Has The Word Service Become Generic?

By: Julie Crisara

Last month, from my home in Templeton, Calif., I planned a wedding shower for my sister and future brother-in-law, who live in the Chicagoland area. As I started to make all the necessary phone calls to find a venue, caterer, flowers and so on, I quickly realized that even in a down economy, some companies just never get it when it comes to providing good service. Had the word service become generic like Kleenex or Jell-O?

I called various companies and explained this was the first wedding shower I had ever planned for my one and only baby sister, that I wanted it to be very special and, well, perfect.Though I told them that I was 2,200 miles away, I was usually passed along to someone’s voicemail or told that I would get a call back. Or my least favorite response was the suggestion to go online and download a form that I would need to fill out and fax back and then wait for an improbable response.

I was very skeptical at this point about getting reliable results, as you could probably imagine, and decided I would have to fly into Chicago and just put the entire thing together in person. I had become disgusted with the whole process until I came across Kathy, the owner of On Occasion, a caterer in Palatine, IL. As I interviewed Kathy, I began to realize that she was a little different from all the rest.

She had started off the conversation by asking me some questions, and once she took me through her process, I began to realize that she might be more than just your usual caterer. So I thought I would test her service and ask her if she does anything like, oh, let’s say provide tablecloths? She answered with an emphatic “yes.” I then said, “How about plates and utensils?” She nodded while saying, “Of course.” I thought I’d throw her off with the next one. I said, “Kathy, do you think you can handle the centerpieces? I have a specific idea in mind using Vanda orchids that I saw in a Martha Stewart magazine. Is that something you think you can handle if I forward you a picture?”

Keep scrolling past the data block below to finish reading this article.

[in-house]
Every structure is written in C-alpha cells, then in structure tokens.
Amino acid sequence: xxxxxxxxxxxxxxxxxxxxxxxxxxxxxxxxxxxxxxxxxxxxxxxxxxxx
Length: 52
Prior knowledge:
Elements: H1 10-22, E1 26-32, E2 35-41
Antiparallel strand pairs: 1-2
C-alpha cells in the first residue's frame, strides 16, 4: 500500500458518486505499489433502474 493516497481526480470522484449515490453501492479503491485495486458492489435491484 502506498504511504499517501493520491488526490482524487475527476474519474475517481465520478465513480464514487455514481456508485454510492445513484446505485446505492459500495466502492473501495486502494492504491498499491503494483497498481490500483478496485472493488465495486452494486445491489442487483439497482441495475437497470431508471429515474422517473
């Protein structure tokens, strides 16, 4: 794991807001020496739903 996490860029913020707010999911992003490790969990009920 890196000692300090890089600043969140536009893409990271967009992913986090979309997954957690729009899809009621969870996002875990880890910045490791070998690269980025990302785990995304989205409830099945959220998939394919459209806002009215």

Kathy stopped writing and put her pen down and said, “Julie, I want you to think about the word caterer and then tell me what it means to you.” Suddenly it all became so very clear. Kathy must have seen the look on my face, and as she put her hand on my shoulder, she said, “My sole job is to attend to your needs and wants so that you can give your one and only baby sister the very special and perfect wedding shower that you always dreamed of.”

Needless to say, all the anxiety that had started to build up in my neck and shoulders in recent weeks had now dissipated as though I had taken a few sips of an apple martini while sitting at the bar waiting for my table at Ruth’s Chris Steak House. I could now take a deep, long breath and stop worrying, knowing that everything is going to be just fabulous in Kathy’s more-than-capable hands. It didn’t matter that Kathy wasn’t the cheapest caterer out there or that her shop was small with only a few employees or that she was located two towns away. What mattered is that she took the time to understand my needs, which were to have someone take care of everything for me. Kathy would provide the service, so that I could also enjoy the party.

If you look at the word “service,” or serve, you will find that there are many definitions. So I would like to offer one up of my own. Serve: To gratify the wants and needs of your customers without them having to lift a finger, make unnecessary phone calls, download forms or fill out contact sheets. The most your customer should have to do for you is provide payment. The rest is up to you and your team of people.

Maybe we should change the title of Customer Service to Customer Caterer.

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